DfE Ministers (very likely because they have limited detailed knowledge of what DfE officials are actually doing behind the scenes – though this is no excuse) keep stating publicly that “the key thing is flexibility“; we want to “empower parents” and we “will take action [if schools] are not paying attention to parental demand“.
But the truth is, the DfE has made a bad situation (2012 Code) worse (2014 Code), and even rewritten its Summer Born Advice in a way that gives admissions authorities more loop holes than ever before, and has helped them to ‘legally’ refuse fair and equal access to 12 years of education for our children.
Here’s how: Continue reading
When Diagnosis is Correct
We’ve known for a long time that summer born children are more likely to be diagnosed with special educational needs (SEN), and now the Education Committee has asked the government to “Undertake an analysis of the additional cost of summer born children being misdiagnosed …which might be avoided if there were more uptake of admissions flexibilities for children who are not ready to start school” (an excellent recommendation), but isn’t it also plausible that many are also correctly diagnosed with SEN – and that their SEN is actually caused by the education ‘system’ and DfE admissions policy failures?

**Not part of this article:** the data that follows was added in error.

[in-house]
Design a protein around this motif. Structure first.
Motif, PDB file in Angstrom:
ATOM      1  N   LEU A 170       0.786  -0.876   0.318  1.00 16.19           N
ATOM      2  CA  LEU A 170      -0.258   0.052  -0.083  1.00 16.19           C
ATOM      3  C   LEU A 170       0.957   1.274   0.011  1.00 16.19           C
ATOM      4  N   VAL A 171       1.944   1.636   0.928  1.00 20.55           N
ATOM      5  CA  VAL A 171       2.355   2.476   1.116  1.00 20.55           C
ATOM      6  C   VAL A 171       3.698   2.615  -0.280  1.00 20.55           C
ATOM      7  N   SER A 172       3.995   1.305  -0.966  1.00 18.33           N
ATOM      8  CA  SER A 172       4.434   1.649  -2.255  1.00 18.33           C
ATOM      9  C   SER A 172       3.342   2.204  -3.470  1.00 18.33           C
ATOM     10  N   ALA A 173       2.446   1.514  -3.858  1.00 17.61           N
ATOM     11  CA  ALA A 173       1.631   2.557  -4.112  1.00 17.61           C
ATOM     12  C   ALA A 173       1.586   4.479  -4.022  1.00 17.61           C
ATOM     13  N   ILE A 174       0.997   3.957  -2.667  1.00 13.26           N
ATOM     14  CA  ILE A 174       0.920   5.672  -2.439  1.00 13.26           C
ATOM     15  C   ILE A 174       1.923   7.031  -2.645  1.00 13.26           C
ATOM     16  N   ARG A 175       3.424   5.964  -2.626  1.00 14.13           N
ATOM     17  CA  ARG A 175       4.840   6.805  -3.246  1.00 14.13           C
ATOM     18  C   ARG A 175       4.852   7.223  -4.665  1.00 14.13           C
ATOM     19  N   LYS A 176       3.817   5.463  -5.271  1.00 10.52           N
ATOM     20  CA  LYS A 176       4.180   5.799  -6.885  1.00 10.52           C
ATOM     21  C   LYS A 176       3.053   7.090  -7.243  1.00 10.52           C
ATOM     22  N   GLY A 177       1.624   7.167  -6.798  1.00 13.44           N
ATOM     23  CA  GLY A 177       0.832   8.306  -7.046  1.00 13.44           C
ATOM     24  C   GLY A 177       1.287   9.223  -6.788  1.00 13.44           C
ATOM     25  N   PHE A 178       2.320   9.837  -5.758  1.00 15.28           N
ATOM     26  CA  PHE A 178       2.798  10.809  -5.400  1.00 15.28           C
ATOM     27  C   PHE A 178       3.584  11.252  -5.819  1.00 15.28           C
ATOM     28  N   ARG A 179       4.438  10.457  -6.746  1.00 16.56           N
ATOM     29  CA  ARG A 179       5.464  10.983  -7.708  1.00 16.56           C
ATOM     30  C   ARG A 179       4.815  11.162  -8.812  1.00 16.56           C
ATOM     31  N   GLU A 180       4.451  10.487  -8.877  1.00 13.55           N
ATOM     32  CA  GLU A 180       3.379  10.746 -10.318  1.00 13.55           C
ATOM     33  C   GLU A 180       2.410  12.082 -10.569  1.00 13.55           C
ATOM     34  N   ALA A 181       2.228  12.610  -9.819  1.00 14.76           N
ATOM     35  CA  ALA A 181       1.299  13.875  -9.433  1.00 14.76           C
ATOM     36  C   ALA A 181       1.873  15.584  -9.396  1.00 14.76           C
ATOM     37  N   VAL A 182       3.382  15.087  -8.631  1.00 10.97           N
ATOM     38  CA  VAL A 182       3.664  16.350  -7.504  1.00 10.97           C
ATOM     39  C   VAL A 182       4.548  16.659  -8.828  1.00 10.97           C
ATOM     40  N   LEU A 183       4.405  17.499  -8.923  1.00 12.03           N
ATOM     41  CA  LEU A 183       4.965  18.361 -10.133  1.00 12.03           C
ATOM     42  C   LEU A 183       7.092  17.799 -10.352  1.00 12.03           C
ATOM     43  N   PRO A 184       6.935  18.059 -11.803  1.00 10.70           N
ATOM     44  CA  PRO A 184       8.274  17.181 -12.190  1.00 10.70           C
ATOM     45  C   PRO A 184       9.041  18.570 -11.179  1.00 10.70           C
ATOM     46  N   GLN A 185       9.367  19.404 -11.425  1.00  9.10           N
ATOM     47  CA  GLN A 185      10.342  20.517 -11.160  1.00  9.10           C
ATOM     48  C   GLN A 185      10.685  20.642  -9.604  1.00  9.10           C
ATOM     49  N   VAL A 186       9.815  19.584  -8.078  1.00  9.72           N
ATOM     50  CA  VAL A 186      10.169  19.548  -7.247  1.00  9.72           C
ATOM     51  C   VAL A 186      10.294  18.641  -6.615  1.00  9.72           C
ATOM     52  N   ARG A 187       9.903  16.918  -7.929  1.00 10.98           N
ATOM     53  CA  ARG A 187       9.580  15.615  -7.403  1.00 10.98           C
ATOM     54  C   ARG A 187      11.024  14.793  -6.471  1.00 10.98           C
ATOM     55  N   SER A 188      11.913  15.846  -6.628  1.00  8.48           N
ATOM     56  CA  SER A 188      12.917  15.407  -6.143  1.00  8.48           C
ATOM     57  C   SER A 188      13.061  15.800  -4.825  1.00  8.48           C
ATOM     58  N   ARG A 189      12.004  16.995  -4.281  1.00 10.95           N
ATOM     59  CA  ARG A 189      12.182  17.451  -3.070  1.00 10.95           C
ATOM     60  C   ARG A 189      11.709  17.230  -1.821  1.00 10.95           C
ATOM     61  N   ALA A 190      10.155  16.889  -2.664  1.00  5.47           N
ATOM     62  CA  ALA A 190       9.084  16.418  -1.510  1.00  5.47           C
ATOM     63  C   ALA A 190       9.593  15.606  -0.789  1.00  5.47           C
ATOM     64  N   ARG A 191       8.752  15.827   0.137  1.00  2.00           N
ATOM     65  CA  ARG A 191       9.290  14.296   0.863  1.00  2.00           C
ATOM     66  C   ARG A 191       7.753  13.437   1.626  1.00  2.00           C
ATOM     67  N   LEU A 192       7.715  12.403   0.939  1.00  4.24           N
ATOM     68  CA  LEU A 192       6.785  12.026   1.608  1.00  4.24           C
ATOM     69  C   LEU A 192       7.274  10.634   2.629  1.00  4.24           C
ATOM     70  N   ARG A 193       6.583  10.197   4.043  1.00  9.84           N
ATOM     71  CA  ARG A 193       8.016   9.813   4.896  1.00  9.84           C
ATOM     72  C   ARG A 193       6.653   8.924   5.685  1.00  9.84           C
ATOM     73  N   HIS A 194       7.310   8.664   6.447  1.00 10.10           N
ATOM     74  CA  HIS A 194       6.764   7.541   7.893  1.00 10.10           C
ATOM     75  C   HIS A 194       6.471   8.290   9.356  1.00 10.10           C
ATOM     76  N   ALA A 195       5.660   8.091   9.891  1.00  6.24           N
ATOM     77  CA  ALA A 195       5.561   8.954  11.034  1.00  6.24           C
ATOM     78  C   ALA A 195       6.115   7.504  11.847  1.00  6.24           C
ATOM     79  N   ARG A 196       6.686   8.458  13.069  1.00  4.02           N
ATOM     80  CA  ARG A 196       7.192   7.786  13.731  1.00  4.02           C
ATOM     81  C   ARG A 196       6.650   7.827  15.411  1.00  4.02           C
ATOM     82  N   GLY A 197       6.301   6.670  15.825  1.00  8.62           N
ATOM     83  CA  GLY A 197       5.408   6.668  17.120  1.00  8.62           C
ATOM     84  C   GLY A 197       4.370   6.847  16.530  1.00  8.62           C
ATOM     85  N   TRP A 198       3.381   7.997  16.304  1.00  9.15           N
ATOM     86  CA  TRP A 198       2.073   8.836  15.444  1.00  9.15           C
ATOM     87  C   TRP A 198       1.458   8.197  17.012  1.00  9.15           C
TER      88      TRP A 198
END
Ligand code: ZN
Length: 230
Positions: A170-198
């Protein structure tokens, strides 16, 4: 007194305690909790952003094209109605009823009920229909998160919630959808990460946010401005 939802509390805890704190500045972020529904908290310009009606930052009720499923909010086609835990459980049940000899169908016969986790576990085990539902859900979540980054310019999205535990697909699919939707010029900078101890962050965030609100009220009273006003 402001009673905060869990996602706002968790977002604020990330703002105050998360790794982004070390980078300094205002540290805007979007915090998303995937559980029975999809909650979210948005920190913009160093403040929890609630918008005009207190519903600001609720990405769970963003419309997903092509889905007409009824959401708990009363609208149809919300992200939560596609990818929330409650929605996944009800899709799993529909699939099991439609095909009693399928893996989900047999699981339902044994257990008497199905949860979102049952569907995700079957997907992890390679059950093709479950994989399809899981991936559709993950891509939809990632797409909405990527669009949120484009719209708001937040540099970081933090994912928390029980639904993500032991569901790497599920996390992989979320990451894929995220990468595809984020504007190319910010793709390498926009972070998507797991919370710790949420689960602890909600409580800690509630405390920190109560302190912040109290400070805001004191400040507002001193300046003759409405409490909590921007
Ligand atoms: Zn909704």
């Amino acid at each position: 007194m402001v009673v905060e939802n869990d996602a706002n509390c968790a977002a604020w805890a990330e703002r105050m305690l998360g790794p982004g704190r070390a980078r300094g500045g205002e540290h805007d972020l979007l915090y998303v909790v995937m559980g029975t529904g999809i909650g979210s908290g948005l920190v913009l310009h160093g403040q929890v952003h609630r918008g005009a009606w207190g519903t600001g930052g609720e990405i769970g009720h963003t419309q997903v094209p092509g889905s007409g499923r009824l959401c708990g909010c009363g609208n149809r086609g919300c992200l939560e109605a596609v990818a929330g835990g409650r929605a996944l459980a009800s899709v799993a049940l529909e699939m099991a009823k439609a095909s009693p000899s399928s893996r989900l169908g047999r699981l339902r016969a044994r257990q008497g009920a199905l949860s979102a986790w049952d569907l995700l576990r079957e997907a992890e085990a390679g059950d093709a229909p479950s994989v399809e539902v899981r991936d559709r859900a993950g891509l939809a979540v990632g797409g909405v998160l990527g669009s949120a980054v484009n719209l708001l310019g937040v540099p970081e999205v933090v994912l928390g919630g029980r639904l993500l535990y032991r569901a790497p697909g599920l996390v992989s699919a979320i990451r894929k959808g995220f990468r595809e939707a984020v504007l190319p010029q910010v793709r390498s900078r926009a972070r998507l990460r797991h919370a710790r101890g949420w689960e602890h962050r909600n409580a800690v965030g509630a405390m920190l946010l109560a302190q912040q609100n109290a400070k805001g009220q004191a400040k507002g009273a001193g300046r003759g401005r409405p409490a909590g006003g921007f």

Experts in Early Years development and education have been warning the government for years (albeit for the most part falling on deaf ears) that children are in danger of being ‘damaged‘ by the introduction of formal education in their early years, before they are ‘developmentally ready’ (e.g. September 2014 (Hawthorn Press), January 2014 (BBC), October 2013 (BBC), July 2013 (Guardian), April 2013 (Telegraph), May 2012 (Telegraph), May 2012 (Daily Mail), August 2011 (Open EYE).
But arguably nowhere could the potential for damage be greater in England than for summer born children forced to start school at age 3 or 4, or forced to miss their ‘critical’ foundation Reception year and start school in Year 1 at age 5 instead. Continue reading